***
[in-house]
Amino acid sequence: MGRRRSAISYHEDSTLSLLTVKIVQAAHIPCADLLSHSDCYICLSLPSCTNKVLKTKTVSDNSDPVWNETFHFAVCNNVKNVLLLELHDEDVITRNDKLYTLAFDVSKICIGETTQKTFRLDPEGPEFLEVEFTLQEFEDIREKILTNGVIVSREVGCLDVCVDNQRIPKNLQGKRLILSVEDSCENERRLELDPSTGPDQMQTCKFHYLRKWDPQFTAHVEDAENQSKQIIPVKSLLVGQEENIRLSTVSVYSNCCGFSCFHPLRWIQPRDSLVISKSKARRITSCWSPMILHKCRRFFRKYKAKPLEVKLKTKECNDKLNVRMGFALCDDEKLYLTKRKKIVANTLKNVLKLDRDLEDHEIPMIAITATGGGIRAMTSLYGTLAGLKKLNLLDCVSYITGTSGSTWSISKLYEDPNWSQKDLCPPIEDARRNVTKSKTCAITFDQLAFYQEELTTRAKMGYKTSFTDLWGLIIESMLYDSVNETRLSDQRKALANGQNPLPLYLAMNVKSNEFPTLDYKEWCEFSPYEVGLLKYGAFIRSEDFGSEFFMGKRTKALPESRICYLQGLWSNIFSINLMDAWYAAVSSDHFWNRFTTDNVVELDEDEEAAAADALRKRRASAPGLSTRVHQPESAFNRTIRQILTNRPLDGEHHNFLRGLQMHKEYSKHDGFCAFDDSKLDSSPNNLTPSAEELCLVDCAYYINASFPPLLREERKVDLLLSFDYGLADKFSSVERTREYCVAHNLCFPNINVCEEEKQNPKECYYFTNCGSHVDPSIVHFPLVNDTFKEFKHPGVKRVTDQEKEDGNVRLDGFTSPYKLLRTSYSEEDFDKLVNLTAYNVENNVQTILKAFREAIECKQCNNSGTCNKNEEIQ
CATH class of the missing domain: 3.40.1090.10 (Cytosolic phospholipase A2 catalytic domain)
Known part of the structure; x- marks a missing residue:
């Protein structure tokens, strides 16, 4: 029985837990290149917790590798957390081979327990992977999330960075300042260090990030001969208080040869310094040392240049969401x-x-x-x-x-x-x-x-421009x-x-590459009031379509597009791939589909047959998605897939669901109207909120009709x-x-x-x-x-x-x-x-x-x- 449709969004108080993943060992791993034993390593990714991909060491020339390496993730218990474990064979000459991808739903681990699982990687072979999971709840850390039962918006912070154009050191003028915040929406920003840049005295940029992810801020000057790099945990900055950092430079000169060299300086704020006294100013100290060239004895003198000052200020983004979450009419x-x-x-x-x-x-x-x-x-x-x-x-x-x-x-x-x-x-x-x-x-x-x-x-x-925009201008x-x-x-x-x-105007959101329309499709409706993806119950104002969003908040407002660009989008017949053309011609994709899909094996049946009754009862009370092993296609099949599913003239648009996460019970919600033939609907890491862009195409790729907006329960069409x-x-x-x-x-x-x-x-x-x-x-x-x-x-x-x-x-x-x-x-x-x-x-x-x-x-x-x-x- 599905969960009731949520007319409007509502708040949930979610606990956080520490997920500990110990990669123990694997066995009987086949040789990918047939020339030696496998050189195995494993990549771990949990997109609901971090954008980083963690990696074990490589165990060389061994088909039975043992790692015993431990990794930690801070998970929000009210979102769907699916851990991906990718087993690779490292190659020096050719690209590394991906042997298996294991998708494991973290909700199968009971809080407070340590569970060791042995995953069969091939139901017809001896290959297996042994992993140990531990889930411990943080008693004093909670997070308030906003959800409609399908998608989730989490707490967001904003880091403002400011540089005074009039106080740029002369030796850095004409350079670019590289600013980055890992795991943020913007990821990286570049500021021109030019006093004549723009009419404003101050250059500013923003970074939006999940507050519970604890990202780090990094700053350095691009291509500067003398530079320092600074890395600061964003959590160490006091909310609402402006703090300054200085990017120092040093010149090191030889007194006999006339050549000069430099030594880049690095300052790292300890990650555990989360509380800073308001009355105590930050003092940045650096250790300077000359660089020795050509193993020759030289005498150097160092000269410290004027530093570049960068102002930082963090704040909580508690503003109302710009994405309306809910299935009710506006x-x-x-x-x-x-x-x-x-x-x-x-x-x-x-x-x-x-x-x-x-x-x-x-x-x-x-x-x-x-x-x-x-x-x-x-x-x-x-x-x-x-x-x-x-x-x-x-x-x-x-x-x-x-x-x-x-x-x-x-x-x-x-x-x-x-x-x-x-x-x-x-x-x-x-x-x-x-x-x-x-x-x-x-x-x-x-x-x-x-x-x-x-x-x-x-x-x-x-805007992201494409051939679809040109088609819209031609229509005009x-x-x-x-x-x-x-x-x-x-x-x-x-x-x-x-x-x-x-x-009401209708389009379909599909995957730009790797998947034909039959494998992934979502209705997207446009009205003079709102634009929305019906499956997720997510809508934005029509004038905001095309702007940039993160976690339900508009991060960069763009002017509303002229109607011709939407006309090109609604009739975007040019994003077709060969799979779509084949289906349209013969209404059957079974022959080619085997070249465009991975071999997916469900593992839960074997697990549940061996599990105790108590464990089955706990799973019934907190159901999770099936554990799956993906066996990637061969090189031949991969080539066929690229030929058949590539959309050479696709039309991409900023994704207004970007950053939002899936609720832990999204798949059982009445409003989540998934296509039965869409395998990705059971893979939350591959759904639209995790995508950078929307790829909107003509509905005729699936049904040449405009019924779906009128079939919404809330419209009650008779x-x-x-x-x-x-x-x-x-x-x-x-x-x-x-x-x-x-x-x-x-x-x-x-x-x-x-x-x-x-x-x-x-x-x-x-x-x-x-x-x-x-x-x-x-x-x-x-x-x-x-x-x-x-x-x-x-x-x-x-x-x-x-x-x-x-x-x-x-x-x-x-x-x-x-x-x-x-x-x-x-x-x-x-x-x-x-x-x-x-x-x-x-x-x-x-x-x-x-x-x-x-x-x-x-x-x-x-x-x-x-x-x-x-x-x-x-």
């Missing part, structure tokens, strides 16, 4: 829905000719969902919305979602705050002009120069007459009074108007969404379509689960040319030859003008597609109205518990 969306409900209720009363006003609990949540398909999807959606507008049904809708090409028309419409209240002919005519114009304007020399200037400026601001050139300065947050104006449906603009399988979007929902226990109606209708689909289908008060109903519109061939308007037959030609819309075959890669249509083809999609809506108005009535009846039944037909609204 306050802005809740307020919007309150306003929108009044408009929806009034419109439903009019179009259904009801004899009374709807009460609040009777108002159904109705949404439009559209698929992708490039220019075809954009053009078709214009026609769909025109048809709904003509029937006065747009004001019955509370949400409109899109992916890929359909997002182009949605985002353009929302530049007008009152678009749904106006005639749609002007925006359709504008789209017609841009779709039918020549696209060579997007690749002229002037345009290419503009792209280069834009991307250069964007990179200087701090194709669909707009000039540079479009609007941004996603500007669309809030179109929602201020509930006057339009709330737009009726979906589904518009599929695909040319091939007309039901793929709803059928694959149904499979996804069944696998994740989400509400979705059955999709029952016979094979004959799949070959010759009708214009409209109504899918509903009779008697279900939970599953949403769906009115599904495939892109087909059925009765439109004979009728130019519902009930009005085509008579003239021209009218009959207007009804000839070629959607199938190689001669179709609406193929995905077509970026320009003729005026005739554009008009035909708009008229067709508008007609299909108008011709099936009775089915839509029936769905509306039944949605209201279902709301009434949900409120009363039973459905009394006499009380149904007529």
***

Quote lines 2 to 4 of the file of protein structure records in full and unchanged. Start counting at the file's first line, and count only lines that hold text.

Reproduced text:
Amino acid sequence: MGRRRSAISYHEDSTLSLLTVKIVQAAHIPCADLLSHSDCYICLSLPSCTNKVLKTKTVSDNSDPVWNETFHFAVCNNVKNVLLLELHDEDVITRNDKLYTLAFDVSKICIGETTQKTFRLDPEGPEFLEVEFTLQEFEDIREKILTNGVIVSREVGCLDVCVDNQRIPKNLQGKRLILSVEDSCENERRLELDPSTGPDQMQTCKFHYLRKWDPQFTAHVEDAENQSKQIIPVKSLLVGQEENIRLSTVSVYSNCCGFSCFHPLRWIQPRDSLVISKSKARRITSCWSPMILHKCRRFFRKYKAKPLEVKLKTKECNDKLNVRMGFALCDDEKLYLTKRKKIVANTLKNVLKLDRDLEDHEIPMIAITATGGGIRAMTSLYGTLAGLKKLNLLDCVSYITGTSGSTWSISKLYEDPNWSQKDLCPPIEDARRNVTKSKTCAITFDQLAFYQEELTTRAKMGYKTSFTDLWGLIIESMLYDSVNETRLSDQRKALANGQNPLPLYLAMNVKSNEFPTLDYKEWCEFSPYEVGLLKYGAFIRSEDFGSEFFMGKRTKALPESRICYLQGLWSNIFSINLMDAWYAAVSSDHFWNRFTTDNVVELDEDEEAAAADALRKRRASAPGLSTRVHQPESAFNRTIRQILTNRPLDGEHHNFLRGLQMHKEYSKHDGFCAFDDSKLDSSPNNLTPSAEELCLVDCAYYINASFPPLLREERKVDLLLSFDYGLADKFSSVERTREYCVAHNLCFPNINVCEEEKQNPKECYYFTNCGSHVDPSIVHFPLVNDTFKEFKHPGVKRVTDQEKEDGNVRLDGFTSPYKLLRTSYSEEDFDKLVNLTAYNVENNVQTILKAFREAIECKQCNNSGTCNKNEEIQ
CATH class of the missing domain: 3.40.1090.10 (Cytosolic phospholipase A2 catalytic domain)
Known part of the structure; x- marks a missing residue: